Thank you for a delicious Memorial weekend, Molly Moon!

Thursday, May 21, 2009

My Signature Sundae

Amanda and I always get a good laugh out of people who claim to have a "signature dish." Especially when said signature dish is something simple and, quite frankly, ordinary... ie, a recent favorite quote "7-layer bean dip is my signature dish." Either that individual is at every party and potluck I've ever been to, or 7-layer dip is everyone's signature dish.

In the spirit of making fun of myself, I recently created an ice cream sundae that was basic and simple but so damned good I deemed it my 'signature sundae.' To follow Evan's Thai Steak Salad birthday dinner, I made a tropical sundae full of absolute awesomeness. "Happy Birthday Evan, I'm going to eat all of the dessert I made you!" It was that good. I licked my bowl and his bowl clean.

The sundae was simple, quick, and easy. I piled the bowl high with vanilla ice cream, mango petals (I used an ice cream scoop on the mango, creating petal-like slices), Amanda's Coconut Dulce de Leche, chopped macadamia nuts, flaked coconut, and... the big finish... lime zest! So easy, so quick, so effing delicious. I wish i was eating it right this moment. Who knew my 'signature dish' would be an every-day ice cream sundae!? Maybe I'll start making 7-layer bean dips...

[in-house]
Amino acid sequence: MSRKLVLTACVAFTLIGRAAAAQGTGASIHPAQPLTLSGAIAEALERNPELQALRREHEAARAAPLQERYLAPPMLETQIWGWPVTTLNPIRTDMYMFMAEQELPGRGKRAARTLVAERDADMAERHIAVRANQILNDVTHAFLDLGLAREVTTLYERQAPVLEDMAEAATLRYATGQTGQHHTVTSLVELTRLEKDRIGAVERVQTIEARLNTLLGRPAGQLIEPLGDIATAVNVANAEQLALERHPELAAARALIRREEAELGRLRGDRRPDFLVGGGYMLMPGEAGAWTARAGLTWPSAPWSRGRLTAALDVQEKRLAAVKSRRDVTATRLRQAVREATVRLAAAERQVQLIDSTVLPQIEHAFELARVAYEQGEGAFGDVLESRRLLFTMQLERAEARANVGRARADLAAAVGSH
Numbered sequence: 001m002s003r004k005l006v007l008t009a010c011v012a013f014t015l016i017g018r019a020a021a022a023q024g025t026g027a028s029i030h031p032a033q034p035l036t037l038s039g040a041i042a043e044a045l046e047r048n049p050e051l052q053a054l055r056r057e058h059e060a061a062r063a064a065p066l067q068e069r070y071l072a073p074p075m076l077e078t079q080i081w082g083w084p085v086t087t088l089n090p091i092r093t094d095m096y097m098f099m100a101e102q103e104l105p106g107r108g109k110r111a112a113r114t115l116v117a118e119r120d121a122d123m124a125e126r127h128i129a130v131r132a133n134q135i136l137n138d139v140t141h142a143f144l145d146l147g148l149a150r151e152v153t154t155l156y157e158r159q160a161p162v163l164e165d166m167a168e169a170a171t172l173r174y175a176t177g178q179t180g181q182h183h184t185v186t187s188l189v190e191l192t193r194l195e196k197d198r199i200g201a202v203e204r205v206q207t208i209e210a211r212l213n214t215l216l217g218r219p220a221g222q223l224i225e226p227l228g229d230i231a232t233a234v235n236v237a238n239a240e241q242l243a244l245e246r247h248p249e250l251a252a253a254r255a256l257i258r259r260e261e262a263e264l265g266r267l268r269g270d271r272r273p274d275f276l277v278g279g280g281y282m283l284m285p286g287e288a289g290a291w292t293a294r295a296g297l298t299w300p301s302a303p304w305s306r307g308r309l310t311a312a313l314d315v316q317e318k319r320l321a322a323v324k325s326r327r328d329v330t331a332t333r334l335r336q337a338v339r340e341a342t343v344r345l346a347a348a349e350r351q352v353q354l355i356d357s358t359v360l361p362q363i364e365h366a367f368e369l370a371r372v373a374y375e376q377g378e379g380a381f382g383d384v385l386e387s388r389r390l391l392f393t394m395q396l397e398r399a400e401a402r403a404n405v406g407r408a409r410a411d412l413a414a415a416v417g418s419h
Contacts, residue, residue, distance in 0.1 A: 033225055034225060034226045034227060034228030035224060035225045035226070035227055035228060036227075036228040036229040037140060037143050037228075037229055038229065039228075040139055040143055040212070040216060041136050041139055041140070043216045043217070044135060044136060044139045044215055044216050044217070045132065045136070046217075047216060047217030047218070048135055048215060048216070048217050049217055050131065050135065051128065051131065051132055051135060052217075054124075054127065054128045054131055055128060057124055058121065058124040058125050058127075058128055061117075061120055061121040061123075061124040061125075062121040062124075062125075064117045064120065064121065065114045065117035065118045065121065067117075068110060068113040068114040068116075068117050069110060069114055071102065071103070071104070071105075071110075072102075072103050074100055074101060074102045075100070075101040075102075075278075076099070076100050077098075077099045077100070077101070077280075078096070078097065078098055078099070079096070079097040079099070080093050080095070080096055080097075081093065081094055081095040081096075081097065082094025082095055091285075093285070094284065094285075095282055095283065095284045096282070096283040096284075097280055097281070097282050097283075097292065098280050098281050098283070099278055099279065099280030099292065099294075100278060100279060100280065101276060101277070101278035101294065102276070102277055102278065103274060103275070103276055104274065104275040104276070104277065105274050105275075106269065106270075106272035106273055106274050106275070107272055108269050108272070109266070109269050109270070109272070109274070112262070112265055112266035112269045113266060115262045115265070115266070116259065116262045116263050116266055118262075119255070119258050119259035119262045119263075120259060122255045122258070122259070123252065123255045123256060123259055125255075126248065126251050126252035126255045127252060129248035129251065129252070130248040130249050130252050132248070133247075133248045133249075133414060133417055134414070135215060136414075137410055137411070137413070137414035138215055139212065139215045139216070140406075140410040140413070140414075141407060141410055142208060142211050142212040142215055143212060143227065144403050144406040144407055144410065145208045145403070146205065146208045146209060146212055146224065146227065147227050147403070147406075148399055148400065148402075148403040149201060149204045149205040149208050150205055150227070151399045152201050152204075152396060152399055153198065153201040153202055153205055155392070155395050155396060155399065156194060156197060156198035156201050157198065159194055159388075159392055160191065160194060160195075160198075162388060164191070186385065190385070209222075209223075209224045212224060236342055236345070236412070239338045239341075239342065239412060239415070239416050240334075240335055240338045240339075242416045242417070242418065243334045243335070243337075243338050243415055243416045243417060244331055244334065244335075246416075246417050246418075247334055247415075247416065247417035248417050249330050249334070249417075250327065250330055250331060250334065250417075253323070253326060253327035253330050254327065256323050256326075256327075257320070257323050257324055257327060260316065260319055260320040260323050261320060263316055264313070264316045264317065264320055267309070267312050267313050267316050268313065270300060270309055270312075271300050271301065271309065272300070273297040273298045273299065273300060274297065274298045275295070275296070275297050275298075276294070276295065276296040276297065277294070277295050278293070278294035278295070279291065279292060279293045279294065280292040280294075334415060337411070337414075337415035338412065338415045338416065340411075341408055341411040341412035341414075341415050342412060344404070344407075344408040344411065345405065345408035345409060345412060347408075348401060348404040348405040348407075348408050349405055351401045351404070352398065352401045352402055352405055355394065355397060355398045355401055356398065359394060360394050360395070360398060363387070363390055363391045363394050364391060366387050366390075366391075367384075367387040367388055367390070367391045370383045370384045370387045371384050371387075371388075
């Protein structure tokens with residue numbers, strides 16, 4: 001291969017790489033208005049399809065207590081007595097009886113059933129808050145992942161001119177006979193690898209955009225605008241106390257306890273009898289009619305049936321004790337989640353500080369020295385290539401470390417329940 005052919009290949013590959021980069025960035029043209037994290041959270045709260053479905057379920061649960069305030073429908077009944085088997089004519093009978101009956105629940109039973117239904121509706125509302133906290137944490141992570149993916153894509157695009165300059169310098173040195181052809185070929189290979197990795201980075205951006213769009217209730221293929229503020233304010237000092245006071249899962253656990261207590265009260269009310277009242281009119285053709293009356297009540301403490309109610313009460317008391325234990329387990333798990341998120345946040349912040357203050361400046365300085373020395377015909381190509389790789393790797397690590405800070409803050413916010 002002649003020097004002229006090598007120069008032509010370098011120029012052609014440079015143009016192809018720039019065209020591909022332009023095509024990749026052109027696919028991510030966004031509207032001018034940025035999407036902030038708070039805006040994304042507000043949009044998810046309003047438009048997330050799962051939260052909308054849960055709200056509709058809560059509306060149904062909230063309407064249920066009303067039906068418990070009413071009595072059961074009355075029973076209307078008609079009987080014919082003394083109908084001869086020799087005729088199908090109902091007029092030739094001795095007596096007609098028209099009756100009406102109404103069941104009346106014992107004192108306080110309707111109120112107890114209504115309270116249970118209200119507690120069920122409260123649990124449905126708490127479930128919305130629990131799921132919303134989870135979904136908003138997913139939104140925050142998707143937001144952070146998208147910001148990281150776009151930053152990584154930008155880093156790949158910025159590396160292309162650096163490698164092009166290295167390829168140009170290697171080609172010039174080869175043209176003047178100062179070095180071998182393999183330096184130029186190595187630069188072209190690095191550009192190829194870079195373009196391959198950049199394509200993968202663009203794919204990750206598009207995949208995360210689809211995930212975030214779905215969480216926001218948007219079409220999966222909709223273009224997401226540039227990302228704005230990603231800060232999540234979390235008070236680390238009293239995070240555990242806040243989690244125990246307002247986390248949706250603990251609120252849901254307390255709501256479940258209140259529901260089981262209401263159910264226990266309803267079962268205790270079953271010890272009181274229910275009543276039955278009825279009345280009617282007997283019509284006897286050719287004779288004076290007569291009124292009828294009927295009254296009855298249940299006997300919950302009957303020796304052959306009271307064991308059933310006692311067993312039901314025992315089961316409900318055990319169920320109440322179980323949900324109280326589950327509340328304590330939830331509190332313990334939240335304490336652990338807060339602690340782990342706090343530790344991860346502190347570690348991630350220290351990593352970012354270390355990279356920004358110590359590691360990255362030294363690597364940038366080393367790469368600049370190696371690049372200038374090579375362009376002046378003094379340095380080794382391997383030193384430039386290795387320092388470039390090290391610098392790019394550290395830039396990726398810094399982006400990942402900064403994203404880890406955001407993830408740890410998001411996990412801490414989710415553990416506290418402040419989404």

Amanda's Coconut Dulce de Leche

Whisk together in heavy large skillet over medium heat :
1 14-ounce can unsweetened coconut milk
3/4ths cup brown sugar
1/4th teaspoon salt

Heat until sugar dissolves. Increase heat to medium-high and boil until thick and creamy, stirring occasionally, (about 10-15 minutes).